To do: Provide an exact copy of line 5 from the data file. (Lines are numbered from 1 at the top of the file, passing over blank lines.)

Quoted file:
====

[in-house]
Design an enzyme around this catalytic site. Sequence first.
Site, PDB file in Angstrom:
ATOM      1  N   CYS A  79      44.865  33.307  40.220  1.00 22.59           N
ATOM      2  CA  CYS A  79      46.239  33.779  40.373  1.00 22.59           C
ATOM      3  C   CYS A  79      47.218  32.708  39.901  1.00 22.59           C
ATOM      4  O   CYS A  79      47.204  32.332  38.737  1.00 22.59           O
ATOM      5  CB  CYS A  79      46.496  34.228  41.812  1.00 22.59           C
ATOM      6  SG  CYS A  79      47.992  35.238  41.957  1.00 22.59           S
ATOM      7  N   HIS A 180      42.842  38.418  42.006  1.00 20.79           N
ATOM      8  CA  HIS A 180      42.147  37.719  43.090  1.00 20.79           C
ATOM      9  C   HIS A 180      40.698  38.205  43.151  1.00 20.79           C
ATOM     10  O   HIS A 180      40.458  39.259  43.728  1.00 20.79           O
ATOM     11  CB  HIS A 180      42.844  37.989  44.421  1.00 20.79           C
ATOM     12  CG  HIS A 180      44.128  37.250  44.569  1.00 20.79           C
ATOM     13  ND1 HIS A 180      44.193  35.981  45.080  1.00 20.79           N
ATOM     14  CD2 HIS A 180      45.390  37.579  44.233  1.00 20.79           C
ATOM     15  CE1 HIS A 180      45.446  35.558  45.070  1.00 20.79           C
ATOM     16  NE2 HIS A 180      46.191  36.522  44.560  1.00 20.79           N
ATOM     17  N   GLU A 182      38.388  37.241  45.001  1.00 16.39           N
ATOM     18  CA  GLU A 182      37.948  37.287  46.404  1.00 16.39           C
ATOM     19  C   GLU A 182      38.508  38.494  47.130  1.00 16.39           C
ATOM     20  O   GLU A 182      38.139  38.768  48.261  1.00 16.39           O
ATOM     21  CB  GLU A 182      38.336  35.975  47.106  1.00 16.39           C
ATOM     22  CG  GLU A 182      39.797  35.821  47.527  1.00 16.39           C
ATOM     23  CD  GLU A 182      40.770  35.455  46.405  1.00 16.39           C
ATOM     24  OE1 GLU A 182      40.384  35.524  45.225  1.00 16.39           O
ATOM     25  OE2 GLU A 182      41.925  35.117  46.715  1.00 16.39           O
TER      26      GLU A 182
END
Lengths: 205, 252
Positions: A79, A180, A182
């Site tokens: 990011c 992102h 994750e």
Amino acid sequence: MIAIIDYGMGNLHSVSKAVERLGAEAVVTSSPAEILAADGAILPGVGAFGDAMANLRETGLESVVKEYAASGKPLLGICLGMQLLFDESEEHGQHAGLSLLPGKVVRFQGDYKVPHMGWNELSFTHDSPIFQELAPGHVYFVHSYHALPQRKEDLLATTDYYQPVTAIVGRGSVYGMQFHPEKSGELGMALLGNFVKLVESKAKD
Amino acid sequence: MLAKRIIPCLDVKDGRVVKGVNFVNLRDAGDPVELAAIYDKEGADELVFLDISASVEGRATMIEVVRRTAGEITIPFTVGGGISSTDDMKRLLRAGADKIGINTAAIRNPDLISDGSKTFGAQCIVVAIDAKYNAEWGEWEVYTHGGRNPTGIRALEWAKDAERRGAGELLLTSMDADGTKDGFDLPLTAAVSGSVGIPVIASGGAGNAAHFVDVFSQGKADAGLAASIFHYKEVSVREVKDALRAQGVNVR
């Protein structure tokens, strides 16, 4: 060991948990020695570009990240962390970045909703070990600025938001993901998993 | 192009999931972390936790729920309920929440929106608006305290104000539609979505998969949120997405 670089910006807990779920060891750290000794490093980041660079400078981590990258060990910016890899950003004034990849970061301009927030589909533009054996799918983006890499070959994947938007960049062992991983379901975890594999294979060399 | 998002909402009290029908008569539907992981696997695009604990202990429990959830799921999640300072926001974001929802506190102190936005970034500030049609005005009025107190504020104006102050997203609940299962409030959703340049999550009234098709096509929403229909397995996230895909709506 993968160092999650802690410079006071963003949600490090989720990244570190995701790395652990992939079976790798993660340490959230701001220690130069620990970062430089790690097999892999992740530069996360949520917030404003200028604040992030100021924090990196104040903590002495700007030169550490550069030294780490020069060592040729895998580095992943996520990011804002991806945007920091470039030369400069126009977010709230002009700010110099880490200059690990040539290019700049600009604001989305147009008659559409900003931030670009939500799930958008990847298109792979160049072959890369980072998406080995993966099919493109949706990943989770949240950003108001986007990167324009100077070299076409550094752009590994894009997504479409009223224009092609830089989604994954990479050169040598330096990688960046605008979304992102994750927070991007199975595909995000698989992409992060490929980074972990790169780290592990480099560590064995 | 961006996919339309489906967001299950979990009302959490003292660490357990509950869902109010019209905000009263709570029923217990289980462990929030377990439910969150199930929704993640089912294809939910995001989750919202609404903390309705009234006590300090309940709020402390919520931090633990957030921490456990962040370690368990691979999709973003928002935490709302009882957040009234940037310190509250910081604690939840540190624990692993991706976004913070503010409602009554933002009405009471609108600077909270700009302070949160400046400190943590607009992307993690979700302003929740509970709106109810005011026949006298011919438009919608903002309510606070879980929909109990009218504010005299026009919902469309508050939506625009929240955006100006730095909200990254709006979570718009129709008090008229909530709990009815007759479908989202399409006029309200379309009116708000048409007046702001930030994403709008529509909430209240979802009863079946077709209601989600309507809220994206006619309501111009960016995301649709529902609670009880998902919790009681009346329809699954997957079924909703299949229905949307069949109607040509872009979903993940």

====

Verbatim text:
ATOM      2  CA  CYS A  79      46.239  33.779  40.373  1.00 22.59           C